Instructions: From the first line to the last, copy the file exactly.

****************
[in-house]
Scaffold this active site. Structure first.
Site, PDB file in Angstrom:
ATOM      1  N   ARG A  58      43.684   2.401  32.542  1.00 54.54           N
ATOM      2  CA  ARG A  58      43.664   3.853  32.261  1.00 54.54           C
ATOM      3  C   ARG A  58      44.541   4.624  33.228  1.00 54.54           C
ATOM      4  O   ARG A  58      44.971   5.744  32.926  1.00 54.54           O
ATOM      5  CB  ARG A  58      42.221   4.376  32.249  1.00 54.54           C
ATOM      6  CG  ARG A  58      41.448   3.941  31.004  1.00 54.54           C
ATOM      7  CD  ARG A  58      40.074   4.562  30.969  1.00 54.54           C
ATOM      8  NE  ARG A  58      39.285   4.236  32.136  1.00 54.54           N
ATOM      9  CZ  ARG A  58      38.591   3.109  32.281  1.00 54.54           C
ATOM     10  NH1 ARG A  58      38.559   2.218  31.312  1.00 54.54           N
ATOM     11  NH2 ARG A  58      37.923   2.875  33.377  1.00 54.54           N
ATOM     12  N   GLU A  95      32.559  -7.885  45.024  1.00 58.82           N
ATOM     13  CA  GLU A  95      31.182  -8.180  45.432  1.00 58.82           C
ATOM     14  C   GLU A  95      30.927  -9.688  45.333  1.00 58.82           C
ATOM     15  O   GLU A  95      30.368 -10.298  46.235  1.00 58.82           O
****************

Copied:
[in-house]
Scaffold this active site. Structure first.
Site, PDB file in Angstrom:
ATOM      1  N   ARG A  58      43.684   2.401  32.542  1.00 54.54           N
ATOM      2  CA  ARG A  58      43.664   3.853  32.261  1.00 54.54           C
ATOM      3  C   ARG A  58      44.541   4.624  33.228  1.00 54.54           C
ATOM      4  O   ARG A  58      44.971   5.744  32.926  1.00 54.54           O
ATOM      5  CB  ARG A  58      42.221   4.376  32.249  1.00 54.54           C
ATOM      6  CG  ARG A  58      41.448   3.941  31.004  1.00 54.54           C
ATOM      7  CD  ARG A  58      40.074   4.562  30.969  1.00 54.54           C
ATOM      8  NE  ARG A  58      39.285   4.236  32.136  1.00 54.54           N
ATOM      9  CZ  ARG A  58      38.591   3.109  32.281  1.00 54.54           C
ATOM     10  NH1 ARG A  58      38.559   2.218  31.312  1.00 54.54           N
ATOM     11  NH2 ARG A  58      37.923   2.875  33.377  1.00 54.54           N
ATOM     12  N   GLU A  95      32.559  -7.885  45.024  1.00 58.82           N
ATOM     13  CA  GLU A  95      31.182  -8.180  45.432  1.00 58.82           C
ATOM     14  C   GLU A  95      30.927  -9.688  45.333  1.00 58.82           C
ATOM     15  O   GLU A  95      30.368 -10.298  46.235  1.00 58.82           O